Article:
© 2019 by Garland Developments Inc.

Photos courtesy of Jesseka Melanie Photography

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OUTREACH & ENGAGEMENT COMMITTEE

November is National Diabetes Awareness Month (NDAM). Please take some time to check out our T1D topics. We encourage you to share this information on your social media to help educate and raise awareness about Type 1 Diabetes.

MEDICATION and BLOOD SUGAR MANAGEMENT

 

People with Type 1 require insulin 24/7 to survive. It is THE most important strategy used to manage blood glucose (sugar) levels. However, it may not be the only medication taken and many over-the-counter drugs and prescriptions not related to diabetes can affect BG levels. Most side effects can be relatively easy to control by adjusting your insulin regimen with the help of your healthcare team.

Common medications that can lead to an increase in blood sugar include:

  • Valium and Ativan (benzodiazepines)

  • Thiazide diuretics, which are taken as blood pressure medicine

  • The steroids cortisone, prednisone, and hydrocortisone

  • Birth control pills

  • Progesterone

  • Catecholamines, which include the EpiPen and asthma inhalers

  • Decongestants that contain pseudoephedrine

  • Niacin

  • Zyprexa and many other antipsychotic medications

 

Common medications and/or supplements that can cause blood sugars to drop include:

  • Aspirin

  • Asian ginseng

  • Aloe

  • Magnesium salicylate

  • Quinine

 

Diabetes in Control offers a searchable database of medications that can affect blood sugar levels on their website. You can also click HERE review a more comprehensive listing. DLife also lists common medications that can impact BGs, click here to access their website.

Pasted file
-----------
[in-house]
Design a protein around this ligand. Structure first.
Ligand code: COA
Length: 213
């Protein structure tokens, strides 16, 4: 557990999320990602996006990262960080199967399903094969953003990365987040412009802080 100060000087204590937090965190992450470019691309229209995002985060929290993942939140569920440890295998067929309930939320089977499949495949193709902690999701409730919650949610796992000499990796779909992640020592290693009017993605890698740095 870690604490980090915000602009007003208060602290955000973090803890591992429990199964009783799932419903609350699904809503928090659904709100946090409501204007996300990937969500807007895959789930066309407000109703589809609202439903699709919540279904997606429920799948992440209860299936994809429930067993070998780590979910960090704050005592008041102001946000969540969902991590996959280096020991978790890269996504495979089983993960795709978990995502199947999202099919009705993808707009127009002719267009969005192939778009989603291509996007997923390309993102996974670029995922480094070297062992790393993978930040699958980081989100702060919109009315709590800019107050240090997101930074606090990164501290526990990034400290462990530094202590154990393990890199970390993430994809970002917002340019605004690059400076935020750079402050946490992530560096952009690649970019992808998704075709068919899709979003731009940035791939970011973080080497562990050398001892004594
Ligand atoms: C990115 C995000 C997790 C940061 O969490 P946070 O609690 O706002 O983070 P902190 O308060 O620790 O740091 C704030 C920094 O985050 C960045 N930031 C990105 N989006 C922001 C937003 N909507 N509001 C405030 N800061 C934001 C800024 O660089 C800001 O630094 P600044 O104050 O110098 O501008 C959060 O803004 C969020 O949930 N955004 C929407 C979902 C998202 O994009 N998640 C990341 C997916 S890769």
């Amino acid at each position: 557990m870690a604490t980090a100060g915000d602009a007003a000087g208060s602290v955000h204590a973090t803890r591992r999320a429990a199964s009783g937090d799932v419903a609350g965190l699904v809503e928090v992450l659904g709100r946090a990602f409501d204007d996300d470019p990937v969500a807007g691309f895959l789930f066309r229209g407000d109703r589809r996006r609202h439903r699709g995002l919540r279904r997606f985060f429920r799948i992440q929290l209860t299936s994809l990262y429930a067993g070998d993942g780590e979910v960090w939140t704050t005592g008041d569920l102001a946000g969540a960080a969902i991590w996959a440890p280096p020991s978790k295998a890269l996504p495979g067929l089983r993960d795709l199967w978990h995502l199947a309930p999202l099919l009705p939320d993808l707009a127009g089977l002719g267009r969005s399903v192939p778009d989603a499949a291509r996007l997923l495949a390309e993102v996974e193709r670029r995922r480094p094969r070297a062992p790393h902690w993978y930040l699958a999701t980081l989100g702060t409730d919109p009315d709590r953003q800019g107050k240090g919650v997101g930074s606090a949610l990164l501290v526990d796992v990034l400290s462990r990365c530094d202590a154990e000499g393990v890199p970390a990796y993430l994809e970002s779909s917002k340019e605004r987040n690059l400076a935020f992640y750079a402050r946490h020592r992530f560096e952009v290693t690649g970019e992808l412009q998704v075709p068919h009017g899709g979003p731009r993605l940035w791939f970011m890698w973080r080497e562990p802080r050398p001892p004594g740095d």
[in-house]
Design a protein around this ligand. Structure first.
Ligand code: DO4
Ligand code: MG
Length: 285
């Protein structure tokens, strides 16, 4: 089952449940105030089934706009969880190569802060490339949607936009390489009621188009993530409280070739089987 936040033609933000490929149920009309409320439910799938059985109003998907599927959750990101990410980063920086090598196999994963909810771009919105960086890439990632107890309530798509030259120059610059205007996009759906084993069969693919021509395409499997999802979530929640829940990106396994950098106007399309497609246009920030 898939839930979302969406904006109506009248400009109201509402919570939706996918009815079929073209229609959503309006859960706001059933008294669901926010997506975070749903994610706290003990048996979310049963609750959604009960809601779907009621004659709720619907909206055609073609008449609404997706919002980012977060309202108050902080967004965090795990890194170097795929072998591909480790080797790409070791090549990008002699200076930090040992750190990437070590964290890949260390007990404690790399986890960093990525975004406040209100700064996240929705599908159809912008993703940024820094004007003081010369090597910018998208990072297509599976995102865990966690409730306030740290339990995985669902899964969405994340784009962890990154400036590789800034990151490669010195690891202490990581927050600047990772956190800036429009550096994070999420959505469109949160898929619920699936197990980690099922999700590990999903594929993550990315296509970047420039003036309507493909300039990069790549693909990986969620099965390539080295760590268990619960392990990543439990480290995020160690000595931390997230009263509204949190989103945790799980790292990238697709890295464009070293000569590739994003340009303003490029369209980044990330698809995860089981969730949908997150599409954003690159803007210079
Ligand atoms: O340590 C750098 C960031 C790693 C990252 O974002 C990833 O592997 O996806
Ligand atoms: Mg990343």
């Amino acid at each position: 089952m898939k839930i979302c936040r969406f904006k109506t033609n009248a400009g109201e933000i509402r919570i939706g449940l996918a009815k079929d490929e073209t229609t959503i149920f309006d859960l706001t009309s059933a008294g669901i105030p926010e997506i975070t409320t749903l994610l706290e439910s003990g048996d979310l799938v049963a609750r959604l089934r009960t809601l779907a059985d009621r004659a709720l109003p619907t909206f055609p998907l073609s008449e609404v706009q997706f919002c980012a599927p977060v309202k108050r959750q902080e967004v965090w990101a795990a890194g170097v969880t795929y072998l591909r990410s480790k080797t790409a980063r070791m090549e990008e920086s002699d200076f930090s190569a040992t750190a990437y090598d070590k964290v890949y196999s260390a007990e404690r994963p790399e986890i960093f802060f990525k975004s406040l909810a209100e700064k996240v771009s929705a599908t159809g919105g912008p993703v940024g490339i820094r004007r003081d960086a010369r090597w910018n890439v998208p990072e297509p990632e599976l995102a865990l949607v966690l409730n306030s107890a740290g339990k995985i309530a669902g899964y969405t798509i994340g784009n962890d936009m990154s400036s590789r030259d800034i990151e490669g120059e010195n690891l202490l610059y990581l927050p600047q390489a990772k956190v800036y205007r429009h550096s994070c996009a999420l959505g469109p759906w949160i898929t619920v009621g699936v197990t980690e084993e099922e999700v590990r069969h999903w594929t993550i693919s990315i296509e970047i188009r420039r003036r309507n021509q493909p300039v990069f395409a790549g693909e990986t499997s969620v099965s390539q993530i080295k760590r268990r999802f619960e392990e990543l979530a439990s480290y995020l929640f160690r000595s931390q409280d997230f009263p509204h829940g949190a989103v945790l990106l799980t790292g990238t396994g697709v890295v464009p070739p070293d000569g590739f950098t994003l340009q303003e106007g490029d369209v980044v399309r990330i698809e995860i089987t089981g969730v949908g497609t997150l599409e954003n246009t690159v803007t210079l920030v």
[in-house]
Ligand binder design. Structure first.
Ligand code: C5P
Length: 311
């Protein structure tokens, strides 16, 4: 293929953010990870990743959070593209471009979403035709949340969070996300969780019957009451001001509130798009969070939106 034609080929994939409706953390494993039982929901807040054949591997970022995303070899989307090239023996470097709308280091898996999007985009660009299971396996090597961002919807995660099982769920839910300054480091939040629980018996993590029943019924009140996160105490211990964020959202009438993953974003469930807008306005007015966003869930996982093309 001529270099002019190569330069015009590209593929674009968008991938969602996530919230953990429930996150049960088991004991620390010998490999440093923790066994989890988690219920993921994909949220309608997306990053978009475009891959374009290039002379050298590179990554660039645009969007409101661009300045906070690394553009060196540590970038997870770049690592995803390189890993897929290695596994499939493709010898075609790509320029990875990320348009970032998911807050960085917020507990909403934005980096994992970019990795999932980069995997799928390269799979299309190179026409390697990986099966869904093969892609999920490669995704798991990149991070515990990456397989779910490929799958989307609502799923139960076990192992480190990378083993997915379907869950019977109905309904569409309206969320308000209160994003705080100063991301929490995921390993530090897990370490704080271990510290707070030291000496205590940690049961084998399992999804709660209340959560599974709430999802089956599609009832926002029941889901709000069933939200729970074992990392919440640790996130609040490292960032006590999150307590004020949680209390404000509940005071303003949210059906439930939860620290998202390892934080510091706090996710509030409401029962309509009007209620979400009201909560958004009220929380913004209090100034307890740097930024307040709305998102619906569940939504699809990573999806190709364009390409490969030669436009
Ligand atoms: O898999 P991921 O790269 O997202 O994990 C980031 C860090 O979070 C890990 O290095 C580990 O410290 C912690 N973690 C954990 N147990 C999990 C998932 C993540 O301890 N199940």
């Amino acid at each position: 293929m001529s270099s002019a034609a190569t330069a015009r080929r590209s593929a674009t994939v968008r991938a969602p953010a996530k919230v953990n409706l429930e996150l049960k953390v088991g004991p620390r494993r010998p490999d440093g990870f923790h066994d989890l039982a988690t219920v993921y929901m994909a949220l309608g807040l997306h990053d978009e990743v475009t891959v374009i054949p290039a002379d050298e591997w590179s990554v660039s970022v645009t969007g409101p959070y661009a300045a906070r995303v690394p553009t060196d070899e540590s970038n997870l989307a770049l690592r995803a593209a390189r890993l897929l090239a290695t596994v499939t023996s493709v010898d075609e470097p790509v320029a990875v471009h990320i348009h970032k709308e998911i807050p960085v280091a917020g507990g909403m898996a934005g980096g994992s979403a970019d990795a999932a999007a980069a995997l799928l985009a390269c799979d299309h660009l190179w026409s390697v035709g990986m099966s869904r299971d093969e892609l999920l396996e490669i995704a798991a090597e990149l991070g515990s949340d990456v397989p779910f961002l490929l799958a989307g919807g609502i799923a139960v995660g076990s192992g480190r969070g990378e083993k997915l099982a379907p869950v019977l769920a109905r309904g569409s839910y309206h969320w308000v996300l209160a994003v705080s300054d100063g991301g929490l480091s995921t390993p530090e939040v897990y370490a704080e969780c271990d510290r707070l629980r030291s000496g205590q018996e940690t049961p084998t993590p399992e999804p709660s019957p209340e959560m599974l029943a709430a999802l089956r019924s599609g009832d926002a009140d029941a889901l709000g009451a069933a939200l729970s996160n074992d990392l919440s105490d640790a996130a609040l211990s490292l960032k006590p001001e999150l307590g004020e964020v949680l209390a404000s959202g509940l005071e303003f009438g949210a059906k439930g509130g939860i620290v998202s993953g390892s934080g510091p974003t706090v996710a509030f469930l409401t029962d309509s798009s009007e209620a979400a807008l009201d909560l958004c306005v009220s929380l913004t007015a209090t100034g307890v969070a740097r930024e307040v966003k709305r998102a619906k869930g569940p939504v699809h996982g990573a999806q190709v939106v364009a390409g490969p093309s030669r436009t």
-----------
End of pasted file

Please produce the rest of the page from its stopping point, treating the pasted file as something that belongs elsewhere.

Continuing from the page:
If you are considering vitamins and/or supplements or when you are given a new prescription, make sure to ask questions of your healthcare team, read labels carefully, and review any implications of taking vitamins, supplements and/or any new medications with your pharmacist. Consider asking if there is an alternative that wouldn't have an effect on BGs. If not, it's okay, just be sure to discuss and understand how you need to adapt your insulin timing and dosages with your healthcare team to counter any unavoidable side effects.

CONTRIBUTING SOURCE: Insulin Nation; Diabetes In Control; DLife

DISCLAIMER: You are strongly encouraged to confirm any information obtained from or through this site, and review all information regarding any medical condition or treatment with your physician. PLEASE DO NOT DISREGARD PROFESSIONAL MEDICAL ADVICE OR DELAY SEEKING MEDICAL TREATMENT BECAUSE OF SOMETHING YOU HAVE READ ON THIS SITE.

Nothing is more impactful than the lived experience. Please send us your stories and photos for us to share throughout the month using the form, below or by sending us an email to outreach@charleshbest.com. If you'd like to be a part of the O&E movement, please let us know by using the form, below, to tell us where your passion lies, what your interests are, who you're connected to and how you can help.

HELP US BUILD A HEALTHY FUTURE.